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Tracking ocean plastic to river sources can aid management efforts

The world’s ocean plastic pollution crisis is only expected to get worse in the coming decades as more and more microplastics and non-degradable plastics enter the oceans.

Tracking the sources of these plastics is challenging, and researchers are working to understand how plastics travel through watersheds worldwide and filter out into the ocean.

Now, a new global initiative called the 100 Plastic Rivers Project led by the University of Birmingham aims to shed more light on how some plastic pollution enters the ocean from rivers and streams.

Researchers from over 60 locations worldwide are part of the of the project and working to collect sediment and water samples from rivers and river mouths. If scientists can gain a better understanding of how microplastics and other plastic pollution is filtered through watersheds and accumulate in river sediments, it will be easier to tackle these problems at the source and reduce ocean plastic pollution.

“Even if we all stopped using plastic right now, there would still be decades, if not centuries-worth of plastics being washed down rivers and into our seas,” said Stefan Krause, a professor at the University of Birmingham.

As sediment and water samples are collected, the researchers will analyze the primary microplastics like microbeads and secondary microplastics like fibers from clothing that have broken down over time in the samples.

One crucial aspect of the project is to create a standard framework for sampling river sediments. A team from the University of Birmingham provided members of the 100 Plastic Rivers Project with a toolkit and detailed instructions to ensure that all samples are collected and analyzed with the same methodology.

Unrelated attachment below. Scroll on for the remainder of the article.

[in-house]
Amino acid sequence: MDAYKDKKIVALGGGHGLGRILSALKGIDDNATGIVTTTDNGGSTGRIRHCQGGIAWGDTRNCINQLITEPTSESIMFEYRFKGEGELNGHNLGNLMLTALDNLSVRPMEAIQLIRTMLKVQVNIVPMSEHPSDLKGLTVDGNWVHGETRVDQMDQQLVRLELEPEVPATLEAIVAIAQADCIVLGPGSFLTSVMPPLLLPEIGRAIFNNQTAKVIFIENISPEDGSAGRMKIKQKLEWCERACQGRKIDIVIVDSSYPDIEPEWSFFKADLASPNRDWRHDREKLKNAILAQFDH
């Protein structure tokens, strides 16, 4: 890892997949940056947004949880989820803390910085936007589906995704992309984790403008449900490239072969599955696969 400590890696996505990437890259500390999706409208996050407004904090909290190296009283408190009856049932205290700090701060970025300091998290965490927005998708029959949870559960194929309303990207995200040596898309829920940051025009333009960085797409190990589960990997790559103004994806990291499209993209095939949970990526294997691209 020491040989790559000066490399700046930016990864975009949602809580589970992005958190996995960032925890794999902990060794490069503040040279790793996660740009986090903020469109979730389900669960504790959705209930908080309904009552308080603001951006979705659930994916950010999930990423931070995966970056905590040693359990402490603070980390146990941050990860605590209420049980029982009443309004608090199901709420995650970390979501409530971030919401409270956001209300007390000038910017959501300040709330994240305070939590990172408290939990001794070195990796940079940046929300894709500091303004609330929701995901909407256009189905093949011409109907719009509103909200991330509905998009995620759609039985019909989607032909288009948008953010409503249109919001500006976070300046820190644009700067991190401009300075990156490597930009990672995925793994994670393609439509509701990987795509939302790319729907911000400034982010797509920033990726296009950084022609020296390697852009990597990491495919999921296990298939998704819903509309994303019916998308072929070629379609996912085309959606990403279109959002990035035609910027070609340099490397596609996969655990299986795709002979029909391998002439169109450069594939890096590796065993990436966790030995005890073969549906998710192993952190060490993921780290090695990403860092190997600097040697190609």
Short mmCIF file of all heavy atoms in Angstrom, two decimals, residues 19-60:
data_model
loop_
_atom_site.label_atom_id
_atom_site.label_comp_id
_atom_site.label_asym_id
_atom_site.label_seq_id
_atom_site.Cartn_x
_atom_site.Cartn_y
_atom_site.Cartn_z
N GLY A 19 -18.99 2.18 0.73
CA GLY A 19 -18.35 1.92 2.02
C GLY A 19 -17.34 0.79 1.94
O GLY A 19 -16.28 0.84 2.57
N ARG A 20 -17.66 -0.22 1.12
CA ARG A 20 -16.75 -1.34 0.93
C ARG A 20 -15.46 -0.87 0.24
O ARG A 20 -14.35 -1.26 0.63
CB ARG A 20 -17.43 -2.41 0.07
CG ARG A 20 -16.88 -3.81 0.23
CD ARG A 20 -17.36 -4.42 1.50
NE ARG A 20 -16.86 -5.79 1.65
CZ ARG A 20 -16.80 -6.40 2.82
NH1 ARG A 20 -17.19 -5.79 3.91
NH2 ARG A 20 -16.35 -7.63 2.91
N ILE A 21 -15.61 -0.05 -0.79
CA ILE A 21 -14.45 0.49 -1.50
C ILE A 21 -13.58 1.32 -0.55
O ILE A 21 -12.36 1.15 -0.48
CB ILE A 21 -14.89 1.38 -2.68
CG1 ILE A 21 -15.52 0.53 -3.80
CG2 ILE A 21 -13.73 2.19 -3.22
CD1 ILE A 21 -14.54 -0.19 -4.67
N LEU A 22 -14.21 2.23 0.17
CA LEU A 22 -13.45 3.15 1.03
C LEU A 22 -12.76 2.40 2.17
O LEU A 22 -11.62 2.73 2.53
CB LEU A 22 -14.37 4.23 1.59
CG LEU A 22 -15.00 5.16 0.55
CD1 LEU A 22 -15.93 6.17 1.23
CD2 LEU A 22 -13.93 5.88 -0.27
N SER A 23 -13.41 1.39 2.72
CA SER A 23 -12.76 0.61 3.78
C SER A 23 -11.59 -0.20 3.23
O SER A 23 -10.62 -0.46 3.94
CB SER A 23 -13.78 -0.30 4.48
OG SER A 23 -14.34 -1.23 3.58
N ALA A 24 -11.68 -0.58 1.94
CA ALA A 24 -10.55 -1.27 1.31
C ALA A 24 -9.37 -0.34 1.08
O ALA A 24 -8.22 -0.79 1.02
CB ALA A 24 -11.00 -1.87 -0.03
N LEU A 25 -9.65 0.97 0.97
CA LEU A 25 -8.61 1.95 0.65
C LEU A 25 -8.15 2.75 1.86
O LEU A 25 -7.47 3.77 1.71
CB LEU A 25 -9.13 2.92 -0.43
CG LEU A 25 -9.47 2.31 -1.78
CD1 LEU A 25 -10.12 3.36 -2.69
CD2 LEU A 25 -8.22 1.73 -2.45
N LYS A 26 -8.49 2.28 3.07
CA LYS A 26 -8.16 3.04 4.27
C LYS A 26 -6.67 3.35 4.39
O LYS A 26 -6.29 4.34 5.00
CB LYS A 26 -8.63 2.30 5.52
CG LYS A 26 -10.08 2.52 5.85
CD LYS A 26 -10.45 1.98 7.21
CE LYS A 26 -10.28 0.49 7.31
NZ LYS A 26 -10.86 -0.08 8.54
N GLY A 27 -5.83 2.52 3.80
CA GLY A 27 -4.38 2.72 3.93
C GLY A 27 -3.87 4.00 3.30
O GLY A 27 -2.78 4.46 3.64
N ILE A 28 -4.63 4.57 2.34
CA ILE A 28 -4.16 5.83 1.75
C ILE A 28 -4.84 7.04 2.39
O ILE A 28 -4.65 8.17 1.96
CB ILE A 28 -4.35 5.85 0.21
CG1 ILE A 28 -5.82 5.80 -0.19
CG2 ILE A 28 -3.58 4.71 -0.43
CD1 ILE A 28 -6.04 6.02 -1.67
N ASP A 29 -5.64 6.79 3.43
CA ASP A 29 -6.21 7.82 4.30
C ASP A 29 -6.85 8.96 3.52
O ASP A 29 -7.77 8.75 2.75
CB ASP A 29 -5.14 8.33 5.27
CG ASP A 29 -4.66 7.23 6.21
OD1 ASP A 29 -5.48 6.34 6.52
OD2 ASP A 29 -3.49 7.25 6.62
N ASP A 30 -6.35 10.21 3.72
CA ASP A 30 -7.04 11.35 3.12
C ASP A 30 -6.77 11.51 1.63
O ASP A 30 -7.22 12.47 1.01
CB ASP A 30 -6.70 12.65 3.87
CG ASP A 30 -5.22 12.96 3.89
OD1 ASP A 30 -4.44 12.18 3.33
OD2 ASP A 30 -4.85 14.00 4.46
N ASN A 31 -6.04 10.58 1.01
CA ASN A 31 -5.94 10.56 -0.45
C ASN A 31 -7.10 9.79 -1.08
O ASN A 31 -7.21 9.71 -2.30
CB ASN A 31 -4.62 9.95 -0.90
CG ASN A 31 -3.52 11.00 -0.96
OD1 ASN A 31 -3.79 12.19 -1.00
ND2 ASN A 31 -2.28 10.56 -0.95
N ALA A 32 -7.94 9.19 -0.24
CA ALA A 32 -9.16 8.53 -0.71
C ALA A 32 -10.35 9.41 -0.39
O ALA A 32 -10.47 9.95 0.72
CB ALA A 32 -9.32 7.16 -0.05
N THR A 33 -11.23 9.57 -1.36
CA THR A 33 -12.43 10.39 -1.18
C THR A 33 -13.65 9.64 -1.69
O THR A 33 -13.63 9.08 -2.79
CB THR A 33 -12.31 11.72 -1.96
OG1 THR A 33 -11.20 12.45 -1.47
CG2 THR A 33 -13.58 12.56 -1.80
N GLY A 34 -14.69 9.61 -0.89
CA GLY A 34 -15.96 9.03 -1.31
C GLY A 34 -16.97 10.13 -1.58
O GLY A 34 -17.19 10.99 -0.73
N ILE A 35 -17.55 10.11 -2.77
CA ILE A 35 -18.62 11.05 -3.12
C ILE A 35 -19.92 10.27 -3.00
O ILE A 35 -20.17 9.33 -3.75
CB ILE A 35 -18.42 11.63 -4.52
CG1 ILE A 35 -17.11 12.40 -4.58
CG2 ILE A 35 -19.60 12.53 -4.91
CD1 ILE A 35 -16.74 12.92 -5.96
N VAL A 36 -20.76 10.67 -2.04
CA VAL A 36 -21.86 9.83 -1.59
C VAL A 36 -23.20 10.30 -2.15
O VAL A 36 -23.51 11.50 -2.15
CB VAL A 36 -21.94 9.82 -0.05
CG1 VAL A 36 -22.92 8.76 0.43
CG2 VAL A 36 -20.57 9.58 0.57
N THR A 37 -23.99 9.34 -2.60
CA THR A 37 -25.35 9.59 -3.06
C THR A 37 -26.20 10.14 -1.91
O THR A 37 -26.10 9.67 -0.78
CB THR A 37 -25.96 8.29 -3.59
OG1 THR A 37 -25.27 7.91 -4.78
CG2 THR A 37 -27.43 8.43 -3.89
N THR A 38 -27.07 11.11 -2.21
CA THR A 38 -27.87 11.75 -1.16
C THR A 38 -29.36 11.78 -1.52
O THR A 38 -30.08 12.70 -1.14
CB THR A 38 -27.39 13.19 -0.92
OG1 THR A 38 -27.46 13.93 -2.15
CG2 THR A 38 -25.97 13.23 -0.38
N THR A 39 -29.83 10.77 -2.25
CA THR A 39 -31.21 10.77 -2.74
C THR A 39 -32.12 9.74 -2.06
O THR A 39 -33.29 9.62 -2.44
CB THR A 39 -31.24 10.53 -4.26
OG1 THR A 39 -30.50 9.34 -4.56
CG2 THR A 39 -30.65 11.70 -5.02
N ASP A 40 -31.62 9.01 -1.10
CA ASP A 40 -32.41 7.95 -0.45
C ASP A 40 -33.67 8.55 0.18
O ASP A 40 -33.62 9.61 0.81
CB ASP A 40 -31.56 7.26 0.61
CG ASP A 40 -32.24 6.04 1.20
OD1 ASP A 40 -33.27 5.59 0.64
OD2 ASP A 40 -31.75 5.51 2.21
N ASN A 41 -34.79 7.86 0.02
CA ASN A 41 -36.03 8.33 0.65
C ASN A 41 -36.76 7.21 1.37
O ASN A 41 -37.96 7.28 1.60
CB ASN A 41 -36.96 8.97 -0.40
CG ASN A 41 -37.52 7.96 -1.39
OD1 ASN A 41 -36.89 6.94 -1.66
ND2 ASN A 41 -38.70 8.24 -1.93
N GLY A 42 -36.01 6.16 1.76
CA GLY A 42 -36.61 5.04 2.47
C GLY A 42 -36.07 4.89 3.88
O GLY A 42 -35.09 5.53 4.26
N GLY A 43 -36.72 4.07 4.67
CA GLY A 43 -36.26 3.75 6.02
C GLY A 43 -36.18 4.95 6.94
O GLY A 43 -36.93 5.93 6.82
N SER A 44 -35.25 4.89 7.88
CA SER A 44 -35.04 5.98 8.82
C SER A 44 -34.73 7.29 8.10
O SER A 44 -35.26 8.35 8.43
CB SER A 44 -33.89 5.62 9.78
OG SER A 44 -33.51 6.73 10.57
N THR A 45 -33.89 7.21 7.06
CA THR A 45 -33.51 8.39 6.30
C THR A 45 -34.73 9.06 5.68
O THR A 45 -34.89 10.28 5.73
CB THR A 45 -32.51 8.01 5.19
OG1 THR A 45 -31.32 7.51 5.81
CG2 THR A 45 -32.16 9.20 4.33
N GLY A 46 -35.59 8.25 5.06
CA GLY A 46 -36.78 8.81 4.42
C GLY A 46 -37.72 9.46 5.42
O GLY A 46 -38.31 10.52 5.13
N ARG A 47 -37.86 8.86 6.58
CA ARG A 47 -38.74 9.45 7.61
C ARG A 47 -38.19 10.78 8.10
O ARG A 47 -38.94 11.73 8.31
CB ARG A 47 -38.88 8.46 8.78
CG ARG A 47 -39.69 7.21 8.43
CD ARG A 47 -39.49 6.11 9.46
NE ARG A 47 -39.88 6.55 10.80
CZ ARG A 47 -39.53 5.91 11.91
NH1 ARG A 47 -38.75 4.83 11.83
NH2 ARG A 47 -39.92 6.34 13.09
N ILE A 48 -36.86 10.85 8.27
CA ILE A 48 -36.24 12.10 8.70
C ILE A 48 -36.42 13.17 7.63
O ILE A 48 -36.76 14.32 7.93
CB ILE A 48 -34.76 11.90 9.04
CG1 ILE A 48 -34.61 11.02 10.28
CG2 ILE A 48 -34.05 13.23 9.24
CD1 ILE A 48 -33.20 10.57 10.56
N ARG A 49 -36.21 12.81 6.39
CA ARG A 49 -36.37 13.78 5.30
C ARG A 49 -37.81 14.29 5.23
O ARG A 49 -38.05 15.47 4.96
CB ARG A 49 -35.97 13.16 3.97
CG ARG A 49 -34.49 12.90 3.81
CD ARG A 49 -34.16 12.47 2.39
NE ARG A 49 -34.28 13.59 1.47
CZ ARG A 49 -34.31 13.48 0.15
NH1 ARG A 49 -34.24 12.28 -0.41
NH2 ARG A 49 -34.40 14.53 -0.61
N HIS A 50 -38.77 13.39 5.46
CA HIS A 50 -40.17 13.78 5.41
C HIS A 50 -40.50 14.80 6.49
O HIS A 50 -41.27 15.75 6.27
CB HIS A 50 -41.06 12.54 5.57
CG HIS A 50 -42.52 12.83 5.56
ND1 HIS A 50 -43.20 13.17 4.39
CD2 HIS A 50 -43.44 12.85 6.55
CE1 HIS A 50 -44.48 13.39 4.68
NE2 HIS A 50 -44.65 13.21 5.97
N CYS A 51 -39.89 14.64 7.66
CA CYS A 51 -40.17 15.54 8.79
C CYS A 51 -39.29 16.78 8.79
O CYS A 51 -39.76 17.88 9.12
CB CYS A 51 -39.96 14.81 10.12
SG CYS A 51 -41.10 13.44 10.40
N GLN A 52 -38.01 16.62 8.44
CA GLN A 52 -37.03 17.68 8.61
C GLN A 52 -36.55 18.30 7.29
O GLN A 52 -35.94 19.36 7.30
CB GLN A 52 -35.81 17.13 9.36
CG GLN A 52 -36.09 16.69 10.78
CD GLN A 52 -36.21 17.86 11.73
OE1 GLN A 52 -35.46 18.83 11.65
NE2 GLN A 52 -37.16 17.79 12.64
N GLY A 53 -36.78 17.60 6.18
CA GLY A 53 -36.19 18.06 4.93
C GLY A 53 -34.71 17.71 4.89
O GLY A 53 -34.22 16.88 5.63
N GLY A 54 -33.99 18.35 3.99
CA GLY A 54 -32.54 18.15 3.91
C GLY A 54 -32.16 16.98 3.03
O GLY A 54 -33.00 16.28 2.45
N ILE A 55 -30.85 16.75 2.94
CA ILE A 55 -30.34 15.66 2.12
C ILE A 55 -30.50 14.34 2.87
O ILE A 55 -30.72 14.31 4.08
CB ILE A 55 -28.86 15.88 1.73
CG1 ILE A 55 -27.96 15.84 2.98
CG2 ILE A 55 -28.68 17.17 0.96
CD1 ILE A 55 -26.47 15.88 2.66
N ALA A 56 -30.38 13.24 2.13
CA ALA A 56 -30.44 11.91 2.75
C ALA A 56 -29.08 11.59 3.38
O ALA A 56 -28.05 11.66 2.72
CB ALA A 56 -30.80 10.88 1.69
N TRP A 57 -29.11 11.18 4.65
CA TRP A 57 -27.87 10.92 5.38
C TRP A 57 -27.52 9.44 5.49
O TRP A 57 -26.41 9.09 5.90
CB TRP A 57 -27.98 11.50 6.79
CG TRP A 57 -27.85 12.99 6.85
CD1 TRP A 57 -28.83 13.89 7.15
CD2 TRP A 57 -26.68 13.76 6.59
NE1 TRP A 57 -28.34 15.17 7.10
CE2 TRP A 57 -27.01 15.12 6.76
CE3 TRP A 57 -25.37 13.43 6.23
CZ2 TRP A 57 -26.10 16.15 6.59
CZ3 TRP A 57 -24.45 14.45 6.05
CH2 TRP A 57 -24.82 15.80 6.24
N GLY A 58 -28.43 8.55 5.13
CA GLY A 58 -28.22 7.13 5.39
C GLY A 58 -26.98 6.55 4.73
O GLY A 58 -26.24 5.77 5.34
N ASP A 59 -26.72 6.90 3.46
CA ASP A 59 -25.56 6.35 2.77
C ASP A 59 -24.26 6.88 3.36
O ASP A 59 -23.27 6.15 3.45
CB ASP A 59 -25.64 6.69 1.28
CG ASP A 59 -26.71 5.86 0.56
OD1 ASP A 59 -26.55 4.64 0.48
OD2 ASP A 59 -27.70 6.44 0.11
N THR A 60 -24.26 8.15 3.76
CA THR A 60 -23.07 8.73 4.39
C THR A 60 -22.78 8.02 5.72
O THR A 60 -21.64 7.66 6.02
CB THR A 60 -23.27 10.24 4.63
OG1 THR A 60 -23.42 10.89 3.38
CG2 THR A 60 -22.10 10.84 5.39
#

In a pilot study conducted by the University of Birmingham that focused on rivers in the UK and France Channel Coast, researchers found that there was a larger variety of plastics than anticipated.

The results of that initial study only further emphasize the extensive global problems with pollution and its sources.

“We’re getting more and more aware of the problems this is causing in our oceans, but we are now only starting to look at where these plastics are coming from, and how they’re accumulating in our river systems,” said Krause. “We need to understand this before we can really begin to understand the scale of the risk that we’re facing.”

The first results of the 100 Plastic Rivers Project will be presented later this month at the General Assembly of the European Geosciences Union.

By Kay Vandette, Staff Writer

Main Image Credit: Benedek Alpar/Shutterstock

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